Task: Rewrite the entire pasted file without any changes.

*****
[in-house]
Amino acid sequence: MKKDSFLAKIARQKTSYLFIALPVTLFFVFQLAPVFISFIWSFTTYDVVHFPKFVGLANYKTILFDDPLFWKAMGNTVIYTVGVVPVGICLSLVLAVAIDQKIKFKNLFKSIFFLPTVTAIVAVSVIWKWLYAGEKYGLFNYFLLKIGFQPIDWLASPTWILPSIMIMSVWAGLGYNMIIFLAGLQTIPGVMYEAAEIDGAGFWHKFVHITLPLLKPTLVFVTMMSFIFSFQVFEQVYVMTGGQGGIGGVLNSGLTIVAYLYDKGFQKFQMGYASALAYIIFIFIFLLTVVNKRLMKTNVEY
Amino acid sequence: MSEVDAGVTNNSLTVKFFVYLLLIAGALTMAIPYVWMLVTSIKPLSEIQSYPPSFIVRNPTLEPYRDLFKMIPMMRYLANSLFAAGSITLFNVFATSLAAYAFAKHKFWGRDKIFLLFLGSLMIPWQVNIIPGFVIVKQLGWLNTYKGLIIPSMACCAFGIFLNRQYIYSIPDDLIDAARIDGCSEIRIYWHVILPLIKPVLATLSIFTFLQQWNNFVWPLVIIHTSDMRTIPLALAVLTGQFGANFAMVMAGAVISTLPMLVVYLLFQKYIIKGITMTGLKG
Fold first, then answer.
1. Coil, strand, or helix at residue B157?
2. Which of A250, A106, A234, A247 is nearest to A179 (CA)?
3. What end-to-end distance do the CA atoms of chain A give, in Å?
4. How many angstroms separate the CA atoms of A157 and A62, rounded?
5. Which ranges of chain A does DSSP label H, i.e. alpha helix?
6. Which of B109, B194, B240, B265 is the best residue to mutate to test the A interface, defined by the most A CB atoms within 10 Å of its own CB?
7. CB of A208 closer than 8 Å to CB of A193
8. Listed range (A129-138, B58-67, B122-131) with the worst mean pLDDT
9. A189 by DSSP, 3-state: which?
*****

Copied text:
[in-house]
Amino acid sequence: MKKDSFLAKIARQKTSYLFIALPVTLFFVFQLAPVFISFIWSFTTYDVVHFPKFVGLANYKTILFDDPLFWKAMGNTVIYTVGVVPVGICLSLVLAVAIDQKIKFKNLFKSIFFLPTVTAIVAVSVIWKWLYAGEKYGLFNYFLLKIGFQPIDWLASPTWILPSIMIMSVWAGLGYNMIIFLAGLQTIPGVMYEAAEIDGAGFWHKFVHITLPLLKPTLVFVTMMSFIFSFQVFEQVYVMTGGQGGIGGVLNSGLTIVAYLYDKGFQKFQMGYASALAYIIFIFIFLLTVVNKRLMKTNVEY
Amino acid sequence: MSEVDAGVTNNSLTVKFFVYLLLIAGALTMAIPYVWMLVTSIKPLSEIQSYPPSFIVRNPTLEPYRDLFKMIPMMRYLANSLFAAGSITLFNVFATSLAAYAFAKHKFWGRDKIFLLFLGSLMIPWQVNIIPGFVIVKQLGWLNTYKGLIIPSMACCAFGIFLNRQYIYSIPDDLIDAARIDGCSEIRIYWHVILPLIKPVLATLSIFTFLQQWNNFVWPLVIIHTSDMRTIPLALAVLTGQFGANFAMVMAGAVISTLPMLVVYLLFQKYIIKGITMTGLKG
Fold first, then answer.
1. Coil, strand, or helix at residue B157?
2. Which of A250, A106, A234, A247 is nearest to A179 (CA)?
3. What end-to-end distance do the CA atoms of chain A give, in Å?
4. How many angstroms separate the CA atoms of A157 and A62, rounded?
5. Which ranges of chain A does DSSP label H, i.e. alpha helix?
6. Which of B109, B194, B240, B265 is the best residue to mutate to test the A interface, defined by the most A CB atoms within 10 Å of its own CB?
7. CB of A208 closer than 8 Å to CB of A193
8. Listed range (A129-138, B58-67, B122-131) with the worst mean pLDDT
9. A189 by DSSP, 3-state: which?